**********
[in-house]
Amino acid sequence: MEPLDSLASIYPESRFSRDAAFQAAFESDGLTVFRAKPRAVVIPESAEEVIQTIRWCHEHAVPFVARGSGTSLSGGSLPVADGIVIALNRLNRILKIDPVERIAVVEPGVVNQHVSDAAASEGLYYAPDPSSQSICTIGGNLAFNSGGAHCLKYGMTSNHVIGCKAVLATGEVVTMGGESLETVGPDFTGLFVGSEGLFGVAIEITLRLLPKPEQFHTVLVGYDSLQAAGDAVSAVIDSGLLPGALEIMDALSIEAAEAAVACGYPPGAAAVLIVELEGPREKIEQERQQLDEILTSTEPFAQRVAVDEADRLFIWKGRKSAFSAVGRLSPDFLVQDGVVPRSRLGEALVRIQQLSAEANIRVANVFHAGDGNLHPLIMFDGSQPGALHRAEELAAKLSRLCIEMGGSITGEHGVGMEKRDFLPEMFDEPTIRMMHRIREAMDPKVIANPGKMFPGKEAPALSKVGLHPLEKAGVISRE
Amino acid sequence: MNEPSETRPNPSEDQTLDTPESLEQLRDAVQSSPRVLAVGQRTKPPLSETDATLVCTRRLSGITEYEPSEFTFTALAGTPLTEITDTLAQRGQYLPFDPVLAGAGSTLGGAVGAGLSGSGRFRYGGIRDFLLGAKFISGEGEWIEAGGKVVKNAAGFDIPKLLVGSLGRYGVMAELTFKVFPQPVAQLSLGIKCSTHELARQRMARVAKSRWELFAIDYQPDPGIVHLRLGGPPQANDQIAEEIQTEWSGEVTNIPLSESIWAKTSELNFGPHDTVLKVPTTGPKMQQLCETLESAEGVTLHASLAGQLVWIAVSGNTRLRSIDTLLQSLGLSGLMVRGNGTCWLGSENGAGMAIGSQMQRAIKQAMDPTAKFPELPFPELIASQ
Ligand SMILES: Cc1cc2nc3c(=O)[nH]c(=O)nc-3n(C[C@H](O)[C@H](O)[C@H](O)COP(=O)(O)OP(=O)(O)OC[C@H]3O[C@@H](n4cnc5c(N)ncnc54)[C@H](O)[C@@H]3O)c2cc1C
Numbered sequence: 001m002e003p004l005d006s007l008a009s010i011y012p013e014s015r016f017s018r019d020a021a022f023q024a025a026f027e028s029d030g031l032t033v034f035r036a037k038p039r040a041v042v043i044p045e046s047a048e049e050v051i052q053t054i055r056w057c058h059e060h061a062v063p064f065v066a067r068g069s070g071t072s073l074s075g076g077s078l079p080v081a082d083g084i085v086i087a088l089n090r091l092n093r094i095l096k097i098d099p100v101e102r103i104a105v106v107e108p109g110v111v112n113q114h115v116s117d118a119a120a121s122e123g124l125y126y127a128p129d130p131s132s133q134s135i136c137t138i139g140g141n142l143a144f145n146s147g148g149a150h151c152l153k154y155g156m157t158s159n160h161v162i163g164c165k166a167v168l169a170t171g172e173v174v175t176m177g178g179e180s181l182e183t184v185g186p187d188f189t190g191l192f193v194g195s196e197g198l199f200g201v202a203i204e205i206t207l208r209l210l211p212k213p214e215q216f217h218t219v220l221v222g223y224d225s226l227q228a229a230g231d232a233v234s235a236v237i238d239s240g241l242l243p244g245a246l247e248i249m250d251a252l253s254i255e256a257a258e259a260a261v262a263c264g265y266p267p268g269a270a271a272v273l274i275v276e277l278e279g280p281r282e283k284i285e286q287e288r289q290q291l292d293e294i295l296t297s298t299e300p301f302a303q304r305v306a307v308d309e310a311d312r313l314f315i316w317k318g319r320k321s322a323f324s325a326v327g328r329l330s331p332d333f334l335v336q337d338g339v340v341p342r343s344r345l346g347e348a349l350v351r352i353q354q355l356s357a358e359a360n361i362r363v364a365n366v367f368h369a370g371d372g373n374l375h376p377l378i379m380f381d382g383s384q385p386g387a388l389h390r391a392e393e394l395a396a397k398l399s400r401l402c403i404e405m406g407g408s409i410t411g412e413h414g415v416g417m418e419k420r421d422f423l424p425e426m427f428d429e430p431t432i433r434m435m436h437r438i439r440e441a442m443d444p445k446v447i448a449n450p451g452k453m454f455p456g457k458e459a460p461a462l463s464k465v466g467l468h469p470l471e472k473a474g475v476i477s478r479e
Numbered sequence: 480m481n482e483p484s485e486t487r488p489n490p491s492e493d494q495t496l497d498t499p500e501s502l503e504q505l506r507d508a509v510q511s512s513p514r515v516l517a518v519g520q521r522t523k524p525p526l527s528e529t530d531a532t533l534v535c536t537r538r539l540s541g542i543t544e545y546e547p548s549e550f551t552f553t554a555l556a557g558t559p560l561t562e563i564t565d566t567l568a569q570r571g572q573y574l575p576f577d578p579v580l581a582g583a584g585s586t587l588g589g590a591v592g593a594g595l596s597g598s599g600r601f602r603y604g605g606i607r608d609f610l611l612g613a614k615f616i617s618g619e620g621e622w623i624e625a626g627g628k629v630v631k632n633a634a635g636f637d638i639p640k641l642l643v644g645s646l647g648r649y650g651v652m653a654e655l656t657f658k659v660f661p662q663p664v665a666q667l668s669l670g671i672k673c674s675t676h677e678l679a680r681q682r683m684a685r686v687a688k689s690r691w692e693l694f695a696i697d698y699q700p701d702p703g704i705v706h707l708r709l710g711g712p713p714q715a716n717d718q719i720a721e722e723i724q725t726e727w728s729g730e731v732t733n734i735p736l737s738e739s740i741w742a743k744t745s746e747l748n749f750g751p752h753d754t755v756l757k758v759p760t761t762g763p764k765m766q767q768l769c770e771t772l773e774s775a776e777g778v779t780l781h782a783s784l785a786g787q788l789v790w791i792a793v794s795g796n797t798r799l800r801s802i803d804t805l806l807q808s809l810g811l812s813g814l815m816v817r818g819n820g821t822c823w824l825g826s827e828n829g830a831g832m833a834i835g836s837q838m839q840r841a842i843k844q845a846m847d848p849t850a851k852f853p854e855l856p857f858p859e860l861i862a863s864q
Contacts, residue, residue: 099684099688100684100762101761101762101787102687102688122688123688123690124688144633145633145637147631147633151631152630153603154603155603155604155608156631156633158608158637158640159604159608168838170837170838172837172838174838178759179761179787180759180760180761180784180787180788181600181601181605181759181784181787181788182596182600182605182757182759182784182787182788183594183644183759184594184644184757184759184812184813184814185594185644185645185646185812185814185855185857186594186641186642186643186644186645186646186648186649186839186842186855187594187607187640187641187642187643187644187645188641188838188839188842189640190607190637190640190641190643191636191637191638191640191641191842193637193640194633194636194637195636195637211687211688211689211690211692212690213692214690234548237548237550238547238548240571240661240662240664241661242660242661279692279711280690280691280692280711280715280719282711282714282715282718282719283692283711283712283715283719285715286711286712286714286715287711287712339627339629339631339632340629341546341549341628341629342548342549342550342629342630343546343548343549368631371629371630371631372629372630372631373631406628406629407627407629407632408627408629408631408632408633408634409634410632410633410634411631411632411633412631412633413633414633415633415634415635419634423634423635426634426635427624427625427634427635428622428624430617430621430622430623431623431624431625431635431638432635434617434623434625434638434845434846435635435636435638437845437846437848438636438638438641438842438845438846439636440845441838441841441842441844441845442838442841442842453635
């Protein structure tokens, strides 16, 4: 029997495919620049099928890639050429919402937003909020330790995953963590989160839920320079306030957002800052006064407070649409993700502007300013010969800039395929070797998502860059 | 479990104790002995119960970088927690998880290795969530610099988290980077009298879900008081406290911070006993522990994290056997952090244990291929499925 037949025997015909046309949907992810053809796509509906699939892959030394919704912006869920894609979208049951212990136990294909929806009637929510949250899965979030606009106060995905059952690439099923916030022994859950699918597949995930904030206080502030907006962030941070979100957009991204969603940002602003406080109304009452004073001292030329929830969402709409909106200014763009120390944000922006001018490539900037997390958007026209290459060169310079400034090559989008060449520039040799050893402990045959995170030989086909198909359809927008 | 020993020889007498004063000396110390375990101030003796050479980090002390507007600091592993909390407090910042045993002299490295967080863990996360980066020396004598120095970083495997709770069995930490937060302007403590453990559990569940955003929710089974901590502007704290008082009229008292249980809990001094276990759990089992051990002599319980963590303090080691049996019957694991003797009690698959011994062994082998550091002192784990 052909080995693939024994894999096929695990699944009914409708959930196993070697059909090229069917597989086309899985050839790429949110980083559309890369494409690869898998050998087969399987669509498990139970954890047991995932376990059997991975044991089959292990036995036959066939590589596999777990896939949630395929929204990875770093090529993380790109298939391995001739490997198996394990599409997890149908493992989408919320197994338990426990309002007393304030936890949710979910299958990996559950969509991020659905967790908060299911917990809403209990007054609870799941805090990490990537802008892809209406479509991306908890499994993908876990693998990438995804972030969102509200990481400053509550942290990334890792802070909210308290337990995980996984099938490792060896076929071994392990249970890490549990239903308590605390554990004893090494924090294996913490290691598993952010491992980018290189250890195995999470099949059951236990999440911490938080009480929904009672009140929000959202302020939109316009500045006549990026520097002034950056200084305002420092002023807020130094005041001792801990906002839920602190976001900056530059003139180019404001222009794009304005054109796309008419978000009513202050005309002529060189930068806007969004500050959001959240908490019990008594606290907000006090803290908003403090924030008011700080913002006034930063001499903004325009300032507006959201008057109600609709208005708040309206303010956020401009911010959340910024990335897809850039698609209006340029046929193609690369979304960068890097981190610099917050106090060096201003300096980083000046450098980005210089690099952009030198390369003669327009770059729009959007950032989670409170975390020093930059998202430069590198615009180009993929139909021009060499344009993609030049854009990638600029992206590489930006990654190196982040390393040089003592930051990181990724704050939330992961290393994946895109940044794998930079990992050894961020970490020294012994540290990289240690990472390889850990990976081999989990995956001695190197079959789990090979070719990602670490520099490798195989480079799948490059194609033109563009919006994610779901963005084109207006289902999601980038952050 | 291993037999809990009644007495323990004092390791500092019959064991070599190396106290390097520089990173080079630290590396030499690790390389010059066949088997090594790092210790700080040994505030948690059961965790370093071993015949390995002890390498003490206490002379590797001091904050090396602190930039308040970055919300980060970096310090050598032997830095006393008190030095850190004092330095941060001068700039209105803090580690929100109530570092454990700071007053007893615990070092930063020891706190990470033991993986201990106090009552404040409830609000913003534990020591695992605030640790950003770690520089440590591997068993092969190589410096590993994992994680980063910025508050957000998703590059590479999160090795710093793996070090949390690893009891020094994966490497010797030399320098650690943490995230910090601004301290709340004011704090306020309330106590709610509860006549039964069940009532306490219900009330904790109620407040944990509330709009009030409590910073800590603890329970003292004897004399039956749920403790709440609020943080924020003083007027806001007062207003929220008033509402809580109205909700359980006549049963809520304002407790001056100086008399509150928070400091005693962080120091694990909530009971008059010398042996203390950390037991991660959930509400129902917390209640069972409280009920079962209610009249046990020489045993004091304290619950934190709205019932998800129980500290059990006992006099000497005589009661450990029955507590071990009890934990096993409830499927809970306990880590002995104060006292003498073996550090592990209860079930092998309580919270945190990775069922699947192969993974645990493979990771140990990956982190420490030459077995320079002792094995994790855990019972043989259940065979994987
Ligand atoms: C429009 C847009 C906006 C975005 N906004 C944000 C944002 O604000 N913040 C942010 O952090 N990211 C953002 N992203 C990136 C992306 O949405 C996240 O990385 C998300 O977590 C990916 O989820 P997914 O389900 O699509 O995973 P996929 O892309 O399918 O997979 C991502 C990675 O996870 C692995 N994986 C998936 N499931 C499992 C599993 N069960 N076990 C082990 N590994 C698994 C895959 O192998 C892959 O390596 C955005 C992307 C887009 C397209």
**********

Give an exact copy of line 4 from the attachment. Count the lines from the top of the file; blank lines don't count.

Ligand SMILES: Cc1cc2nc3c(=O)[nH]c(=O)nc-3n(C[C@H](O)[C@H](O)[C@H](O)COP(=O)(O)OP(=O)(O)OC[C@H]3O[C@@H](n4cnc5c(N)ncnc54)[C@H](O)[C@@H]3O)c2cc1C